Your Inner Fish

Your Inner Fish
Author: Neil Shubin
Publsiher: Vintage
Total Pages: 258
Release: 2008-01-15
Genre: Science
ISBN: 9780307377166

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The paleontologist and professor of anatomy who co-discovered Tiktaalik, the “fish with hands,” tells a “compelling scientific adventure story that will change forever how you understand what it means to be human” (Oliver Sacks). By examining fossils and DNA, he shows us that our hands actually resemble fish fins, our heads are organized like long-extinct jawless fish, and major parts of our genomes look and function like those of worms and bacteria. Your Inner Fish makes us look at ourselves and our world in an illuminating new light. This is science writing at its finest—enlightening, accessible and told with irresistible enthusiasm.

Some Assembly Required

Some Assembly Required
Author: Neil Shubin
Publsiher: Vintage
Total Pages: 289
Release: 2020-03-17
Genre: Science
ISBN: 9781101871348

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An exciting and accessible new view of the evolution of human and animal life on Earth. From the author of national bestseller, Your Inner Fish, this extraordinary journey of discovery spans centuries, as explorers and scientists seek to understand the origins of life's immense diversity. “Fossils, DNA, scientists with a penchant for suits of armor—what’s not to love?”—BBC Wildlife Magazine Over billions of years, ancient fish evolved to walk on land, reptiles transformed into birds that fly, and apelike primates evolved into humans that walk on two legs, talk, and write. For more than a century, paleontologists have traveled the globe to find fossils that show how such changes have happened. We have now arrived at a remarkable moment—prehistoric fossils coupled with new DNA technology have given us the tools to answer some of the basic questions of our existence: How do big changes in evolution happen? Is our presence on Earth the product of mere chance? This new science reveals a multibillion-year evolutionary history filled with twists and turns, trial and error, accident and invention. In Some Assembly Required, Neil Shubin takes readers on a journey of discovery spanning centuries, as explorers and scientists seek to understand the origins of life's immense diversity.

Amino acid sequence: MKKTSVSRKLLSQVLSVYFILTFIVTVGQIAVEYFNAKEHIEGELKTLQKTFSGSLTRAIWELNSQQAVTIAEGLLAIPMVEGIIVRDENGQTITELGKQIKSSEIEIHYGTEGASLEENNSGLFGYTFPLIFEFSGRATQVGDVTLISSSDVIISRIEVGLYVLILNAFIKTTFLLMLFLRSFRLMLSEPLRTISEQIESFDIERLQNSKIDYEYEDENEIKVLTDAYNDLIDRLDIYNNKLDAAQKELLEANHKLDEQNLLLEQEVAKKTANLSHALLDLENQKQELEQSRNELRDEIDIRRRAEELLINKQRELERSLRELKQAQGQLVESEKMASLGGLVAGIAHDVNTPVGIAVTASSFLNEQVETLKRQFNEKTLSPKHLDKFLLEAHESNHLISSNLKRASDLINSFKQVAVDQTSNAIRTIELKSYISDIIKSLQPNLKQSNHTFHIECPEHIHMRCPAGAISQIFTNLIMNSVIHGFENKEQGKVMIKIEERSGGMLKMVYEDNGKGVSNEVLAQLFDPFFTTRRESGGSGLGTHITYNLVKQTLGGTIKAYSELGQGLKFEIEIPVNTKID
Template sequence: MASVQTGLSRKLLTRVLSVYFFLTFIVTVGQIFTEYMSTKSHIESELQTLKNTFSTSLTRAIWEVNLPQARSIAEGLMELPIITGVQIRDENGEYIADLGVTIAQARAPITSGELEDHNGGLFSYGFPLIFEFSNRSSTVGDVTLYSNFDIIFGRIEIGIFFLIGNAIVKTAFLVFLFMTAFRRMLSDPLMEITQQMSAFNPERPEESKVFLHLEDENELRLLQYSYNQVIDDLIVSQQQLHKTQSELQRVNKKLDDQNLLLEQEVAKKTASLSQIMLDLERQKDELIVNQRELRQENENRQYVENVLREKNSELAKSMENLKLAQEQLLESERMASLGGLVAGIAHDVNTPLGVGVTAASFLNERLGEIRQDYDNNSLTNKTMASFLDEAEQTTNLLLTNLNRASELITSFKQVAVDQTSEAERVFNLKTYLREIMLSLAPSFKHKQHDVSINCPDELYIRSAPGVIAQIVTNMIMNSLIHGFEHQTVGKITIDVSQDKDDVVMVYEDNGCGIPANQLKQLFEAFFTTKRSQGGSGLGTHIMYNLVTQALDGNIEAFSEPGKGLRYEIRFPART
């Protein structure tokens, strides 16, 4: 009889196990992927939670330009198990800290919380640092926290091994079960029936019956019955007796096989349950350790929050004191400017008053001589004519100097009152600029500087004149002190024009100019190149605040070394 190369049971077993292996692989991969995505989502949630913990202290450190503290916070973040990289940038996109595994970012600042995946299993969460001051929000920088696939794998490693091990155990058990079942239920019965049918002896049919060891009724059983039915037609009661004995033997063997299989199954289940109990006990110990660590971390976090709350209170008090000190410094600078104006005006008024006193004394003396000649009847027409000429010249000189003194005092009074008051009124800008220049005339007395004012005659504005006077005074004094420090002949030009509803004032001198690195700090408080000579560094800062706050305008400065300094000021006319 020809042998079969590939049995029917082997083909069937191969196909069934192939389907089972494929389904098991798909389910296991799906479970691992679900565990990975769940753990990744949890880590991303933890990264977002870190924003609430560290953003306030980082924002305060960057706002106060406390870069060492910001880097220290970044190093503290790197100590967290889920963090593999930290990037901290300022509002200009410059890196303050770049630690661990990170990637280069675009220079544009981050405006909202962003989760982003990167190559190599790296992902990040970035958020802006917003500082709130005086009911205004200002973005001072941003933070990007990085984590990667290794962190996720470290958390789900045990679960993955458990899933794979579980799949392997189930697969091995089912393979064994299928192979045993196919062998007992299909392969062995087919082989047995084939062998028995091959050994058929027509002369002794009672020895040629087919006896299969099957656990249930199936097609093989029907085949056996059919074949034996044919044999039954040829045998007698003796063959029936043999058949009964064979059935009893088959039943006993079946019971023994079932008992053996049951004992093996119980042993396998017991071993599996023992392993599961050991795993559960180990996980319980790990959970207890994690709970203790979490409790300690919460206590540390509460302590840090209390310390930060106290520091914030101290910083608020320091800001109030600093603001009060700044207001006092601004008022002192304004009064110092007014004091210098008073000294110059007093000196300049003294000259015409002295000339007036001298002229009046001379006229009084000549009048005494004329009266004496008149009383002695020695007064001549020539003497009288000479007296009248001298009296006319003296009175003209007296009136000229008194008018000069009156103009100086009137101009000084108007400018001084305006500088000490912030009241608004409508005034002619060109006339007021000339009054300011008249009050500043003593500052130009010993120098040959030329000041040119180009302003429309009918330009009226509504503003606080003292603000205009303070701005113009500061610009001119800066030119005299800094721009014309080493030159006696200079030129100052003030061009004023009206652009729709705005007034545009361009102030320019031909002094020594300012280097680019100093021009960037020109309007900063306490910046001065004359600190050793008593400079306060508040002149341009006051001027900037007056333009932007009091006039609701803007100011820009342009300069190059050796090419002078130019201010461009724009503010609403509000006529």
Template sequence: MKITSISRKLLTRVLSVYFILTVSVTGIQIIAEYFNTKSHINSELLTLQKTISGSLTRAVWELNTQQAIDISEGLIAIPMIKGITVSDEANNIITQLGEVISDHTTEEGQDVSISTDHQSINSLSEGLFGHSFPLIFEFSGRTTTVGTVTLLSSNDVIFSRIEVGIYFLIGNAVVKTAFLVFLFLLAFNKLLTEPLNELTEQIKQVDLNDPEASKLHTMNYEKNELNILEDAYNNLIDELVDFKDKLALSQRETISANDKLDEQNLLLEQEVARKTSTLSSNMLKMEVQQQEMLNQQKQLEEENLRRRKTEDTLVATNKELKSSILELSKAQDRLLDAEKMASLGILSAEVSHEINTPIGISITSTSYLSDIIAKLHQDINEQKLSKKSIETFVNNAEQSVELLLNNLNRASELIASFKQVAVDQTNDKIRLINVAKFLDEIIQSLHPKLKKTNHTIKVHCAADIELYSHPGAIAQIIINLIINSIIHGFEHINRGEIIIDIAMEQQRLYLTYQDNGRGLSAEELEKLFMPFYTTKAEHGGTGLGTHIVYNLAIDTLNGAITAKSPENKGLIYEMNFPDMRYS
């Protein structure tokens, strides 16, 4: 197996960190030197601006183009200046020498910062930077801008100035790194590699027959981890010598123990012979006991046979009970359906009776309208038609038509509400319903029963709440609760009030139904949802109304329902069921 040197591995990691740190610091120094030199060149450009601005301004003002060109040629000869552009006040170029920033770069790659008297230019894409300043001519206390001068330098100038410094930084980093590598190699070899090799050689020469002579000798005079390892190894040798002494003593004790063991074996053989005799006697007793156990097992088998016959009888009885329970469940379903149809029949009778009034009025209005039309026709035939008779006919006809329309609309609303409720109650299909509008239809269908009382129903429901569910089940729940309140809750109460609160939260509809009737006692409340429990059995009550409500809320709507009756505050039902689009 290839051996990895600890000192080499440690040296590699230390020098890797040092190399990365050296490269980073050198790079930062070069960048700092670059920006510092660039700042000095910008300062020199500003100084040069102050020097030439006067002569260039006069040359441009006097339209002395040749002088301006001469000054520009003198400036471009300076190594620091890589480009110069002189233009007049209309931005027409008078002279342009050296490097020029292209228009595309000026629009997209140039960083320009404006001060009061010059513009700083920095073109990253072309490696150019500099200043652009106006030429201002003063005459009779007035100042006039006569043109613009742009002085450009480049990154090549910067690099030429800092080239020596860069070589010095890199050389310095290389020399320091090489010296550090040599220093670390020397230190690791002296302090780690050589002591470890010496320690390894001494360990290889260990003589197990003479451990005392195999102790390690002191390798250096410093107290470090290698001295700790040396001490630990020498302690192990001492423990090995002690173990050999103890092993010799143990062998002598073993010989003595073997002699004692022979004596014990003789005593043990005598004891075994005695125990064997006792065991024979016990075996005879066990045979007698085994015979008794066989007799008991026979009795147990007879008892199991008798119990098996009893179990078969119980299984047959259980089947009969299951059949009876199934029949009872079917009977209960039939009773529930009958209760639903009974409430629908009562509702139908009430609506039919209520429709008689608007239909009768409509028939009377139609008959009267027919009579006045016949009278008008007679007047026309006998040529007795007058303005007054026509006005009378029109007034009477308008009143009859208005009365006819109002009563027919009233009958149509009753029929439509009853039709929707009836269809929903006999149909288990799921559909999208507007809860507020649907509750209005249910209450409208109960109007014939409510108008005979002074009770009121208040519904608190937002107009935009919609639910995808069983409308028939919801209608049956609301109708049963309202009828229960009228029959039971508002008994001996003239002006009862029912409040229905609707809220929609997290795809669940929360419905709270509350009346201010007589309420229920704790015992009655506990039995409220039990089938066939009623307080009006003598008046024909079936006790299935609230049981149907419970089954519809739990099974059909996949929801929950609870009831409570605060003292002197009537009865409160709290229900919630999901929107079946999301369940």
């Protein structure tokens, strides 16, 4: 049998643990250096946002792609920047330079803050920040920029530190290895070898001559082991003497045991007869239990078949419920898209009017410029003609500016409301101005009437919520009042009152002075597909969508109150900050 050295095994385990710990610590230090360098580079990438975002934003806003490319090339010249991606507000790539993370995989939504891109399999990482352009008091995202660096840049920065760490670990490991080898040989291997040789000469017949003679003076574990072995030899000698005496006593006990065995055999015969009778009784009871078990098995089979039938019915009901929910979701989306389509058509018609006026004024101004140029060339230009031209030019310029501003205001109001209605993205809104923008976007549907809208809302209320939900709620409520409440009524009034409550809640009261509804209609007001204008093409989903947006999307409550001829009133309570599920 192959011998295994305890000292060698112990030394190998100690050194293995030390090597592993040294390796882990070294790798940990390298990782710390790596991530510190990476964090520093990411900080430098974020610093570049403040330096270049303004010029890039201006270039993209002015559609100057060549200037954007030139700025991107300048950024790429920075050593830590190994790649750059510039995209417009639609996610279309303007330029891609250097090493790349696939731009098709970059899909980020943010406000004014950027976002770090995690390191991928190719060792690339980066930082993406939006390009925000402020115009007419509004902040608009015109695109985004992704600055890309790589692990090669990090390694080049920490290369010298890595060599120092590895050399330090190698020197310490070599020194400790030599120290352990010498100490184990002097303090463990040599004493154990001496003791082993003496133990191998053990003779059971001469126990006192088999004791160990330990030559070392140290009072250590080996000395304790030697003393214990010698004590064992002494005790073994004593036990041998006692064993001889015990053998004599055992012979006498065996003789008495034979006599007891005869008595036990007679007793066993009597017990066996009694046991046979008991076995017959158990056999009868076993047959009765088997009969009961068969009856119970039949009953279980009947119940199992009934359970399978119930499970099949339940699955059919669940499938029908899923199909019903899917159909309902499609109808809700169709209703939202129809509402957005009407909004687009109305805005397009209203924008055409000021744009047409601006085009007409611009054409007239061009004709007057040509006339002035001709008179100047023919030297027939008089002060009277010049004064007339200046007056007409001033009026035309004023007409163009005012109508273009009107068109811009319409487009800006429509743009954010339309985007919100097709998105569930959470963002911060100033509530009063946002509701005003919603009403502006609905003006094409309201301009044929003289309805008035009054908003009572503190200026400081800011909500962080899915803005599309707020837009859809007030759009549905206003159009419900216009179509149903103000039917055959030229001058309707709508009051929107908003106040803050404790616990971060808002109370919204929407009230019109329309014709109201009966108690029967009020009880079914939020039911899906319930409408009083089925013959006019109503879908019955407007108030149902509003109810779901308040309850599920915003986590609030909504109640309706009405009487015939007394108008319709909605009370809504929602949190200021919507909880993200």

Not on My Watch

Not on My Watch
Author: Alexandra Morton
Publsiher: Random House Canada
Total Pages: 386
Release: 2021-03-23
Genre: Biography & Autobiography
ISBN: 9780735279667